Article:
Can Dogs Eat Chocolate? My Dog Ate Chocolate, Now What?

Pet care & safety
This cute dog looks like he just finished eating chocolate but is acting fine. One might wonder, what could possibly be the signs of chocolate poisoning in dogs, and what happens if a dog eats chocolate.

Chocolate: Delicious for humans, dangerous for dogs. It's a common warning, but have you ever stopped to wonder why? It’s something most dog owners have heard since before they even had a dog, but while we may understand that dogs shouldn’t eat chocolate, we might not know why, what it looks like or what to do if it does happen. Fortunately, we’re here to help you out. 

The Types of Chocolate and Their Toxicity Levels 

The reason we can indulge in a brownie and our dogs can’t all boils down to digestion. While humans can safely consume chocolate, dogs take much longer to break it down. This means a substance called theobromine sticks around in their system for ages, acting like a super strong stimulant. Their heart races, their nervous system goes haywire, and their tummy gets upset. That's why even a tiny bit of chocolate can be a big problem for a dog. Chocolate products increase in toxicity the darker they get, so the order of chocolate from most to least toxic is:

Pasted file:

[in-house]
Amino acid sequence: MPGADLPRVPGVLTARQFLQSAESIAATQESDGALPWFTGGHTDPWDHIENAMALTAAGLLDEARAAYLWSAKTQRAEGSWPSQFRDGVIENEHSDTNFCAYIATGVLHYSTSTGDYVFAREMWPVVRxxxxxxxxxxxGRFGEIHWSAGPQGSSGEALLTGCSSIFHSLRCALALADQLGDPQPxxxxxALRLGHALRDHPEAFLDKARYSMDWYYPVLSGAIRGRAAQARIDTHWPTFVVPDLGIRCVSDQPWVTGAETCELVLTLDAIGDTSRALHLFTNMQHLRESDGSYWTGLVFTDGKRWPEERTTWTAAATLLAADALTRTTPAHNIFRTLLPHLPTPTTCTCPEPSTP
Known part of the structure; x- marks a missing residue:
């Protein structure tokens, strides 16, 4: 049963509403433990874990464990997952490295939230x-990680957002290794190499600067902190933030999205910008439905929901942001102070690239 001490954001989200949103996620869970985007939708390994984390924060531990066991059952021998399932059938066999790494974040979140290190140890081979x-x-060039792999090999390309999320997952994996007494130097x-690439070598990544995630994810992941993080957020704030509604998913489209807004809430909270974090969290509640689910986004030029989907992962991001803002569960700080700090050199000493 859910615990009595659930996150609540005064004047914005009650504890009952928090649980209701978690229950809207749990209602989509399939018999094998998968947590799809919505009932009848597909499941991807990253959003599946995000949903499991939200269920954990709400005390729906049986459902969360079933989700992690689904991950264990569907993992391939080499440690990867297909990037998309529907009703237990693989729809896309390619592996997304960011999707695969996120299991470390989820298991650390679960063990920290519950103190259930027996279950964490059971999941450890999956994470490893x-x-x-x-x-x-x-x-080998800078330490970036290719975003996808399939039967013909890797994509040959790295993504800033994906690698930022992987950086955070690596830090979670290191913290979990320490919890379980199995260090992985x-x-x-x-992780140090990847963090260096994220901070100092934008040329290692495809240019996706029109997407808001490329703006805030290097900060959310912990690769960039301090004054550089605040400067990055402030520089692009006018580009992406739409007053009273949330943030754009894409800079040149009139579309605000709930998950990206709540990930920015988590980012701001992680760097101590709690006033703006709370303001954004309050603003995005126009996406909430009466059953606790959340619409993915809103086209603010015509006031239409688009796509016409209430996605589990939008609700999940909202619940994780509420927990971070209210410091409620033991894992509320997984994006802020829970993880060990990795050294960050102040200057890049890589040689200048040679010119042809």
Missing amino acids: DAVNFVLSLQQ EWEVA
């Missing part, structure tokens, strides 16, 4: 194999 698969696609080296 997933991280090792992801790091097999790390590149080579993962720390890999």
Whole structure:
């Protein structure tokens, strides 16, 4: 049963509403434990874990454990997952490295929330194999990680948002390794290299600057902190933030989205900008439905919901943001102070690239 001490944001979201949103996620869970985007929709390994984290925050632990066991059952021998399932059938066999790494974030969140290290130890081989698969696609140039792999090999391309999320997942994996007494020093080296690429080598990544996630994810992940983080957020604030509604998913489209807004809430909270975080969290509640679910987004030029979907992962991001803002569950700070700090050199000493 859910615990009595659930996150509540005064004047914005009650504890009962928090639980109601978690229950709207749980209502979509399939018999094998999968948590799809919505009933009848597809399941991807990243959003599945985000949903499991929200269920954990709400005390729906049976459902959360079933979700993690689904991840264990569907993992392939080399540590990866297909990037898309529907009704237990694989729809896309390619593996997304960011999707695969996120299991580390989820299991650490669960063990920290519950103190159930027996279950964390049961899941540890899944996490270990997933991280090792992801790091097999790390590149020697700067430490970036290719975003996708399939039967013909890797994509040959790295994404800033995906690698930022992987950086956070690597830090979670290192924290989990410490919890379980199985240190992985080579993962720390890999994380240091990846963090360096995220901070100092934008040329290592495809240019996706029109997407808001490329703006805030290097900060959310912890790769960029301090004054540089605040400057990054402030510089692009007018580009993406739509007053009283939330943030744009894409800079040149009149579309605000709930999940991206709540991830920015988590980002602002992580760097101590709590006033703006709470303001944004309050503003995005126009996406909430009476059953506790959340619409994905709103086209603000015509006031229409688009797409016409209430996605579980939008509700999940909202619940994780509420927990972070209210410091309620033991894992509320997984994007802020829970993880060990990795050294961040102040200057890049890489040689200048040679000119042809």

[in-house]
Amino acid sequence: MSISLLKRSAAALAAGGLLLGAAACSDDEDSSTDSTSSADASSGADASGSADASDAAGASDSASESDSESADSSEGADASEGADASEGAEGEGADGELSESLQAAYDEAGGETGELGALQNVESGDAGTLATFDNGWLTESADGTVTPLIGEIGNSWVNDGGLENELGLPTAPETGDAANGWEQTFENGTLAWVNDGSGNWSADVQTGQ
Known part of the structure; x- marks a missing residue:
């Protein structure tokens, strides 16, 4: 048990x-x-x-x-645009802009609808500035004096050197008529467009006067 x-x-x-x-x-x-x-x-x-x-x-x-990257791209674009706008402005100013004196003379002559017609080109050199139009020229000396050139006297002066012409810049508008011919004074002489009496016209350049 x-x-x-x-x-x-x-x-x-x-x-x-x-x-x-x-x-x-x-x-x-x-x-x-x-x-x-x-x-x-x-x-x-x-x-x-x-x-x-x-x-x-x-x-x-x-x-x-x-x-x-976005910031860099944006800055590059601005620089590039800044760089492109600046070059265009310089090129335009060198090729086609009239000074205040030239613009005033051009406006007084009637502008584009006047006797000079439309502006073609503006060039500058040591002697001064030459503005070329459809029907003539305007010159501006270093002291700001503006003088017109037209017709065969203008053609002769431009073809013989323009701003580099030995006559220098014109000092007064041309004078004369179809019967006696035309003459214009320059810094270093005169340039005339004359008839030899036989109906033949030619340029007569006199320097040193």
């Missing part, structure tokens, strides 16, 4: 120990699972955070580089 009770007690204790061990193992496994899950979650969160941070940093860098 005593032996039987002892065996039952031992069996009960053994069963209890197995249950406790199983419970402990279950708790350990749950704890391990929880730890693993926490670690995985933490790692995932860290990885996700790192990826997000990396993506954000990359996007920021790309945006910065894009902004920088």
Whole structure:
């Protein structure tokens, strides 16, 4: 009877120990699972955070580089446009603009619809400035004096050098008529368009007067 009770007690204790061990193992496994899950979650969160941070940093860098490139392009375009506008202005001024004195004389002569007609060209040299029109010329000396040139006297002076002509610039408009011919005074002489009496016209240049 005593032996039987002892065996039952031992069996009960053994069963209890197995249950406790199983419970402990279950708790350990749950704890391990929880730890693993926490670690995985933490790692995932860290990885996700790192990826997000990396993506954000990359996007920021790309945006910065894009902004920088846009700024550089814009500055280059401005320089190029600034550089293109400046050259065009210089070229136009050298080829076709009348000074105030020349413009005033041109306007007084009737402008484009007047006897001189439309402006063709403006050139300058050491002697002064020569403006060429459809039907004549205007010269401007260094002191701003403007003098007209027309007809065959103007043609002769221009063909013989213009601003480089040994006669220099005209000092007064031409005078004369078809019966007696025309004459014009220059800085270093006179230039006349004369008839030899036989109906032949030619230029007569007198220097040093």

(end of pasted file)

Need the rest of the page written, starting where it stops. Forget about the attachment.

1. Cocoa beans 

  2. Unsweetened cocoa powder 

  3. Baking chocolate/dark chocolate 

  4. Semisweet chocolate 

  5. Milk chocolate 

  6. White chocolate  

Factors Affecting Chocolate Toxicity in Dogs 

Yes, chocolate is bad for dogs to eat, but the degree it is bad depends on several factors, namely the size of dog and the type and amount of chocolate consumed.